Namely, what do companies need to win new business and stay compliant? The answer is strong business development solutions and business intelligence (BI)/business performance management (BPM) capabilities to monitor and measure their businesses.

As peek-previewed in my blog series in early 2009, at Deltek Insight 2009 the vendor had major product releases across these exact areas. Here is the rundown:

  • GovWin 6.0, to help government contractors win new business

  • Premier Analytics, a BI solution for GCS Premier so that small to midsize government contractors can better monitor and manage their businesses 

  • Cobra 5.0, with expanded usability so that companies can more easily manage project costs and measure earned value in this new era of compliance

  • Deltek Vision 6.0, the latest release of Deltek’s solution for professional services firms of all types and sizes.  Along with the landmark Vision release, Deltek also released:




  1. Vision Performance Management – a set of BI tools to help service companies turn critical business data into understanding and knowledge

  2. Project Connect – bi-directional integration between Deltek Vision and Microsoft Project



As you can tell from the above, Deltek has been hard at work on the product front in 2009. In fact, somewhat in contrast to the perception that it is a conservatively run company, this year Deltek released the most new products in the history of the company.  That is an encouraging and healthy sign that proves that the vendor is willing to invest in its business and drive innovation even in a tough economy. This foresight might serve the company well in the future, especially as the stimulus money begins to flow faster.

One last bit of news on the solution front: Deltek recently purchased mySBX, an online community comprised of thousands of government contractors that leverage the power of the network to solve business problems inherent in the GovCon world. Large and small government contractors use the community for many purposes, such as finding teaming partners to collaborate on and win government contracts, staying compliant with diversity and competition goals, and minimizing lost revenue opportunities by finding outlets within the network for billable consultants currently on the bench.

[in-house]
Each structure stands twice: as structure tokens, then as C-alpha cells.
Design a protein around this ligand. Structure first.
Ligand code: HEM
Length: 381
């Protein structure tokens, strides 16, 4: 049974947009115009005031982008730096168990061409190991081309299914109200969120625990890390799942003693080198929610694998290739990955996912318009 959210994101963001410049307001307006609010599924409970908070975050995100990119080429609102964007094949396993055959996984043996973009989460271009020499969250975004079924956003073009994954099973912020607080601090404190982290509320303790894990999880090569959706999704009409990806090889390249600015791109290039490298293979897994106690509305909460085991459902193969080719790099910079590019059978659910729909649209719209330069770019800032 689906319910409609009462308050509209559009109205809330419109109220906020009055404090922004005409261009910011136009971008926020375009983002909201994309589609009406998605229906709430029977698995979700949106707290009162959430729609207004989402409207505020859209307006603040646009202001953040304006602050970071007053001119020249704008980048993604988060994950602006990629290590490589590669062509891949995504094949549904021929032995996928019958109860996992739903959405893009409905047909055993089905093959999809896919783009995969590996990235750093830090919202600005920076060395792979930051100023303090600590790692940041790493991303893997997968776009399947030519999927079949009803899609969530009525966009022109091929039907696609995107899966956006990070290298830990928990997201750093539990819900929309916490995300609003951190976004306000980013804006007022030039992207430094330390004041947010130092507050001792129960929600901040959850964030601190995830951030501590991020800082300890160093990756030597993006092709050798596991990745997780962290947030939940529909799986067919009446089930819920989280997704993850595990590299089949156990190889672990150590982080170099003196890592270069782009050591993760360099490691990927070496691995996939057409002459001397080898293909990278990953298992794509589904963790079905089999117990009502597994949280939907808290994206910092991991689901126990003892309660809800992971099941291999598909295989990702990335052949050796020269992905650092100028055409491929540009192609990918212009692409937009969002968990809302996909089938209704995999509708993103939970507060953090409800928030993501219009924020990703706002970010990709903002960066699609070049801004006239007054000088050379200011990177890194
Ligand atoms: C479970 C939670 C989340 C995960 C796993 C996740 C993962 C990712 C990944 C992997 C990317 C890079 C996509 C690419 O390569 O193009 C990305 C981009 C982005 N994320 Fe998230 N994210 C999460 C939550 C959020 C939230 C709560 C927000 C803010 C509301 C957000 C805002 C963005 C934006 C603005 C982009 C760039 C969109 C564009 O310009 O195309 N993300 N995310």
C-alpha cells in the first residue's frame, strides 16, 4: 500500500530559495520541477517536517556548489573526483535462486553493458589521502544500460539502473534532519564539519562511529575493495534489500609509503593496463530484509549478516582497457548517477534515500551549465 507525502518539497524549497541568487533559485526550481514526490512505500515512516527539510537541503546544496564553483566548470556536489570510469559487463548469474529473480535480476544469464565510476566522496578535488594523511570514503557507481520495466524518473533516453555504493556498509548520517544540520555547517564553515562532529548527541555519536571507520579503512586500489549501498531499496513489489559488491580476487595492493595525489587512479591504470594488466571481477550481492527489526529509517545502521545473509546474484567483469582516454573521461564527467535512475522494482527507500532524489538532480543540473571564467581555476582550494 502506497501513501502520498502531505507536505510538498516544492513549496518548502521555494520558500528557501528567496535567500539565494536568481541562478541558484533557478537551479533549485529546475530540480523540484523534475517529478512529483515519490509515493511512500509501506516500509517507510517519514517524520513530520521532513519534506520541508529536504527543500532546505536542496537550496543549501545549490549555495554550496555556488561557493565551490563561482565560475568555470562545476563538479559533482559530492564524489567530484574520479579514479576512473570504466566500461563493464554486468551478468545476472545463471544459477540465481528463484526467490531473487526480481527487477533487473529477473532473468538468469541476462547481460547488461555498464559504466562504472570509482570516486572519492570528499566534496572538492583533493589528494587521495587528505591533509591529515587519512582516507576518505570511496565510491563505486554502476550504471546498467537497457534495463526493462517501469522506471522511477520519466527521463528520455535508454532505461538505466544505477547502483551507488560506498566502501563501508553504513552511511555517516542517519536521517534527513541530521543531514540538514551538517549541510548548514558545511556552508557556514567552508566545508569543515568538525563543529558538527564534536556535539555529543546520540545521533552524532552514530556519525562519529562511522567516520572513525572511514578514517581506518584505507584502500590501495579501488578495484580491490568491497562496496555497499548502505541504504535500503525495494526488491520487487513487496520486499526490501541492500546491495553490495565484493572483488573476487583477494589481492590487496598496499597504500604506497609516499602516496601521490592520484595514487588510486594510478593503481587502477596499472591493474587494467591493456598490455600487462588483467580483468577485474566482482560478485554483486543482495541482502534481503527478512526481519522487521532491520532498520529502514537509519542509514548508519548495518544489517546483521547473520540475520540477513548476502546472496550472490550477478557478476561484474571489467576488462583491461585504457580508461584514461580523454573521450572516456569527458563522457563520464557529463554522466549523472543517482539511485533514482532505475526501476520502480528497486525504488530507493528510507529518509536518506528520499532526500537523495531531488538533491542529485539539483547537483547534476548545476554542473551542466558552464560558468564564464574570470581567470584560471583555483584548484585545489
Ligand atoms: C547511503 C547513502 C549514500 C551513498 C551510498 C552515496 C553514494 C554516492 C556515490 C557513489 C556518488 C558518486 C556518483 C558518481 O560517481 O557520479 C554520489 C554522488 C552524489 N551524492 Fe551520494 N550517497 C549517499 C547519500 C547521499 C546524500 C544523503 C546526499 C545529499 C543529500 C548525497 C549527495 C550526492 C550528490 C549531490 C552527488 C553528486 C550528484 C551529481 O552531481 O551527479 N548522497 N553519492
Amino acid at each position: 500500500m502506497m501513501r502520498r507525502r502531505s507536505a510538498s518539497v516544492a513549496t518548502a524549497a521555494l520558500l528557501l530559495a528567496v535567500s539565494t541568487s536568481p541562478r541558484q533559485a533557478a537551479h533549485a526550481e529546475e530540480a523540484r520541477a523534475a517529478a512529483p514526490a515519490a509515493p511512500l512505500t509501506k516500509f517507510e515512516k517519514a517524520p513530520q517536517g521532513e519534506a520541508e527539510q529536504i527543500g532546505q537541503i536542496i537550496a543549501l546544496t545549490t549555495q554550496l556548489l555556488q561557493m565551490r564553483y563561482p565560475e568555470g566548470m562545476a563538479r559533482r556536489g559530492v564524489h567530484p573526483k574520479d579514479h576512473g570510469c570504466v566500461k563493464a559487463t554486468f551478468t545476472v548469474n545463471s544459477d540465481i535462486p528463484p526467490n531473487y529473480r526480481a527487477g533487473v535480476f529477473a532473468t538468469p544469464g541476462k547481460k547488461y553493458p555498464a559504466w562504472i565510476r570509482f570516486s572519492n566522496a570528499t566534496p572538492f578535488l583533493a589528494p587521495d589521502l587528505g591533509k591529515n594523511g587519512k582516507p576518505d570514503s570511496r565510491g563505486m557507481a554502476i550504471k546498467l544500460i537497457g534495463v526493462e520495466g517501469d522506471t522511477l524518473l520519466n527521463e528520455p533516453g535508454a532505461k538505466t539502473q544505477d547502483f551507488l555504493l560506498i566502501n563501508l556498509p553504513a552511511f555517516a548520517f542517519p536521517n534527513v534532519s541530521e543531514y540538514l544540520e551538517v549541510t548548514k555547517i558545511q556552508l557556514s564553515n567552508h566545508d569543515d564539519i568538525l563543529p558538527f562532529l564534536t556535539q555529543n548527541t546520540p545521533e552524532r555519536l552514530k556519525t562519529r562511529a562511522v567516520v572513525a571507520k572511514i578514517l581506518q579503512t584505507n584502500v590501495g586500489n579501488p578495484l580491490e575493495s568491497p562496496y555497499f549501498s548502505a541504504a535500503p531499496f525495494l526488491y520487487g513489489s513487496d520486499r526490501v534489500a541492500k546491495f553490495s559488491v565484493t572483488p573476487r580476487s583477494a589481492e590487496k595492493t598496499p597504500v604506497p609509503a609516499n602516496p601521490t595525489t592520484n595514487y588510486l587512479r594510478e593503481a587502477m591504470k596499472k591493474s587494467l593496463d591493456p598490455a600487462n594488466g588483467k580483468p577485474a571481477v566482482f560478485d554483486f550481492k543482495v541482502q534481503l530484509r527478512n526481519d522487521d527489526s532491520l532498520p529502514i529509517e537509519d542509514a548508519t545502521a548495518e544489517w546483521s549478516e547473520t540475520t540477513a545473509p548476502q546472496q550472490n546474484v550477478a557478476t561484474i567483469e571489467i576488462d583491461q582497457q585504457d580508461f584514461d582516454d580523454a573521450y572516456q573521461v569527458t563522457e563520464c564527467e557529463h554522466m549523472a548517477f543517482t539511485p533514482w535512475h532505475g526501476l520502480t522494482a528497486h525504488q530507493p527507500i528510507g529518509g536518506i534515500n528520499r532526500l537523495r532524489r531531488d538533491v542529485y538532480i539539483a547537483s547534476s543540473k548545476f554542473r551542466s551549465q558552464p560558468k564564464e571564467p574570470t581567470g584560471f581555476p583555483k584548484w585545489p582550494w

While mySBX offers a compelling value proposition today, Deltek is putting its heavyweight status behind the network and will begin to accelerate the value of the online exchange in many ways. This was a strategic move with positive ramifications for Deltek on a number of fronts, not the least of which is finding new outlets for its solutions.  Stay tuned for more information as Deltek adds capabilities to the network in the coming months.

Clarity 2009 and the GovCon Industry Highlights Report

In addition to Deltek’s still unmatched software capabilities for the government contractors (GovCon) market, Deltek marketers and consultants offer deep and differentiated domain expertise about the complexities and nuances of working as a government contractor.  With this wealth of knowledge comes a strong reputation and a large “Rolodex” (or perhaps LinkedIn connections nowadays).

Thus, Deltek has recently leveraged its deep connections within the GovCon market to produce a very detailed report about the related marketplace. The survey included responses from 249 unique contractors, and offers data and insights into multiple process areas within government contractors including the following: business development, project management, financial operations, business operations, and compliance. 

While I won’t go into all of the details in the exhaustive 40-page report, I want to put the spotlight here on five key questions that came out of the report, and the associated answers to those questions.  These Q&As were as follows: